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The Most Precious Possession

The Ring of Polycrates in Ancient Religious Narratives


Eliezer Segal

Finding a precious object – a gem, a ring or a coin – inside the belly of a fish is a favorite motif in western literatures that can be traced back to the Greek historian Herodotus. In Herodotus’ account of the rise and fall of the tyrant Polycrates of Samos, the hero cast his beloved ring, his «most precious possession», into the sea in order to appease or fend off the gods’ envy of his unstoppable successes, but was ultimately disappointed to discover that same ring inside a serving of fish that was placed before him to eat, thereby signaling the beginning of his tragic downfall. The Most Precious Possession: The Ring of Polycrates in Ancient Religious Narratives examines variations on this motif as they appear in ancient religious texts, including the Gospel of Matthew, Jewish Midrash and Talmud, and Augustine’s City of God. It explores how the theme functions in relation to the authors’ respective religious outlooks and literary objectives and what we can learn from these examples about the processes of transmission, interaction and cultural adaptation that occurred among the diverse religious communities of the ancient Mediterranean basin.
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Augustine: City of God

← 80 | 81 →CHAPTER FIVE


Augustine Bishop of Hippo was stimulated to compose his monumental De Civitate Dei as a response to the plundering of Rome by Alaric and the Visigoths in 410—an event that sent tremors through the empire and raised fears about the viability of the civilized empire and, more to the point, the compatibility of Christianity with loyalty to the state.1 Augustine devoted a decade and a half (roughly, from 413 to 426) to this undertaking.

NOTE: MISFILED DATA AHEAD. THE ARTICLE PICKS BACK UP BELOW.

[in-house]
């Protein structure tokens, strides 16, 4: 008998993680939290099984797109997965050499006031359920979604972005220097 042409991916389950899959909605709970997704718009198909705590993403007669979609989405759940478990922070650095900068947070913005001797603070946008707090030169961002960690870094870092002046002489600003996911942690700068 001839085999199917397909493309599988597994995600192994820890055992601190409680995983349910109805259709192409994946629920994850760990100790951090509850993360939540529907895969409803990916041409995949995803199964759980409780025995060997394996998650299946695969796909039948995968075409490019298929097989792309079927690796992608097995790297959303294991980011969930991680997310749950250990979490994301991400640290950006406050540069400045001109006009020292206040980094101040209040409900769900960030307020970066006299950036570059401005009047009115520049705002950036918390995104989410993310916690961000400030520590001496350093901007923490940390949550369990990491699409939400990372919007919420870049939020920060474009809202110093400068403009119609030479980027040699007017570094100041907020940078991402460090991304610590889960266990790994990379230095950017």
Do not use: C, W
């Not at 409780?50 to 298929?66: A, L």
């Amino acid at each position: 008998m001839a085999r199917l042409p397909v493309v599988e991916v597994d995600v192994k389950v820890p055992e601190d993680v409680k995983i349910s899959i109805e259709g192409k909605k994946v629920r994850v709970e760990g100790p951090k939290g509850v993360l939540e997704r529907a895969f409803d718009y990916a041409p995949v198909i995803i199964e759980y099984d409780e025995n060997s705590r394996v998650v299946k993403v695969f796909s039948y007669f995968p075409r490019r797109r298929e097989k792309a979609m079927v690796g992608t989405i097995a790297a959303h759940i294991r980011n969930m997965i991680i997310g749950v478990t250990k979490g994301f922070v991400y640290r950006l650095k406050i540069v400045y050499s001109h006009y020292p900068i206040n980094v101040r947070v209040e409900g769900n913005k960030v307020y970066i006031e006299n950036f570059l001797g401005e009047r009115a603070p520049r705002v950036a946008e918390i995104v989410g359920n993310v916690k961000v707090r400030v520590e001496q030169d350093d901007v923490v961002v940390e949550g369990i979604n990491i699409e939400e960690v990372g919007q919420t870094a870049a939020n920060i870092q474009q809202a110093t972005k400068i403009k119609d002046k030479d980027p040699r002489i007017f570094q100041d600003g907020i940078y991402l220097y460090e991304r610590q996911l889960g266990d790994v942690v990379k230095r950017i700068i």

At this stage of his life he was already a mature thinker and an experienced pastoral leader, and his response took the form of a profound apologia for Catholic Christianity that took him well beyond the narrower requirements of the immediate challenges; rather, he presented a comprehensive theological interpretation of human history, which he conceived as a divinely guided transition from the Fall (a theme that was, or course crucial to his understanding of the human situation and the origins of sin) through to the final redemption. Only when viewed from the proper theological perspective, he argued, is it possible to appreciate that the role of the state, even a formally Christian state, can never be equated with the paradigmatic ideal of a Christian society as ← 81 | 82 → it unfolds in history; even as the church can never be truly content to exist on the periphery of the social reality. The ultimate truth must be found in the subtle counterpoint by which the earthly and heavenly cities pursue their respective courses....

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